Defamation is a legal term that refers to a false statement that harms someone’s reputation. In the United States, defamation law is governed by state law, and the elements of a defamation claim can vary depending on the jurisdiction. However, in general, a plaintiff must prove that the defendant made a false statement about the plaintiff, that the statement was published to a third party, and that the statement caused harm to the plaintiff’s reputation.
One recent high-profile defamation case is the E. Jean Carroll v. Donald Trump case. In this case, E. Jean Carroll, a former magazine columnist, accused Donald Trump of sexually assaulting her in the 1990s. , Trump denied the allegations and made several statements about Carroll, including that she was “totally lying” and that he had never met her. Carroll filed a defamation lawsuit against Trump, alleging that his statements harmed her reputation and caused her emotional distress.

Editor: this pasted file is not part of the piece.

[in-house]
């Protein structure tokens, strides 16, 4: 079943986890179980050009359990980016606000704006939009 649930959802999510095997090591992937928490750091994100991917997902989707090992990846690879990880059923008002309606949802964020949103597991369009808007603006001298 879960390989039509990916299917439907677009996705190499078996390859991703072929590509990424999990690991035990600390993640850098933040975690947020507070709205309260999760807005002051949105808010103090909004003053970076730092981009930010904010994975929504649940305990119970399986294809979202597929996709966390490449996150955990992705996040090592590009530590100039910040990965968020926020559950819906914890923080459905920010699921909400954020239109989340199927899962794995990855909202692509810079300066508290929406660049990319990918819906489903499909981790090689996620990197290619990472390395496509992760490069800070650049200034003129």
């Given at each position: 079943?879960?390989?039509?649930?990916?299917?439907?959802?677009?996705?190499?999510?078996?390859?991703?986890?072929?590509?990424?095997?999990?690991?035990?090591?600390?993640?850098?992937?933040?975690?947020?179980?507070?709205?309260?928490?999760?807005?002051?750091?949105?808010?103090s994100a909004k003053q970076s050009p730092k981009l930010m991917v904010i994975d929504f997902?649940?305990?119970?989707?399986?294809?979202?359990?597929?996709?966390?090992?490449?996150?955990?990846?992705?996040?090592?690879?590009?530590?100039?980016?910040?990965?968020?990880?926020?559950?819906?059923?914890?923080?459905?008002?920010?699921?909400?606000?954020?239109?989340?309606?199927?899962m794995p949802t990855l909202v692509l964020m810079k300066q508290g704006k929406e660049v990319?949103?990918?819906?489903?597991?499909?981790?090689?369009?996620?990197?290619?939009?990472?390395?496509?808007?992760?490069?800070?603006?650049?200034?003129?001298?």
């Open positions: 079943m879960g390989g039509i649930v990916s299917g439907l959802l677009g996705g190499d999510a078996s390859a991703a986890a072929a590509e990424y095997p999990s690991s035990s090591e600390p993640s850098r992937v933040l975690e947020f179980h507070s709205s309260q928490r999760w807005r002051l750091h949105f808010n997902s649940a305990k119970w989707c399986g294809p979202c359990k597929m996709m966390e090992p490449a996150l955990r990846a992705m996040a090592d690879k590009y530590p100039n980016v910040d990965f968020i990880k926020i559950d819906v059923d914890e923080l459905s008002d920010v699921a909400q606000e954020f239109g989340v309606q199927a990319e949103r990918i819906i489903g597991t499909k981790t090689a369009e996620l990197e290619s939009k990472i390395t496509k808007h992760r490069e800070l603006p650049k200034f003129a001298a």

In November 2021, a jury found Trump liable for defamation and awarded Carroll $2.7 million in damages. However, the case is not yet over. In January 2024, Carroll filed a second defamation lawsuit against Trump, seeking additional damages. The trial of that case is on-going today.
Defamation cases can be complex and difficult to prove. If you believe that you have been defamed, it is important to consult with an experienced attorney who can help you understand your legal rights and options.
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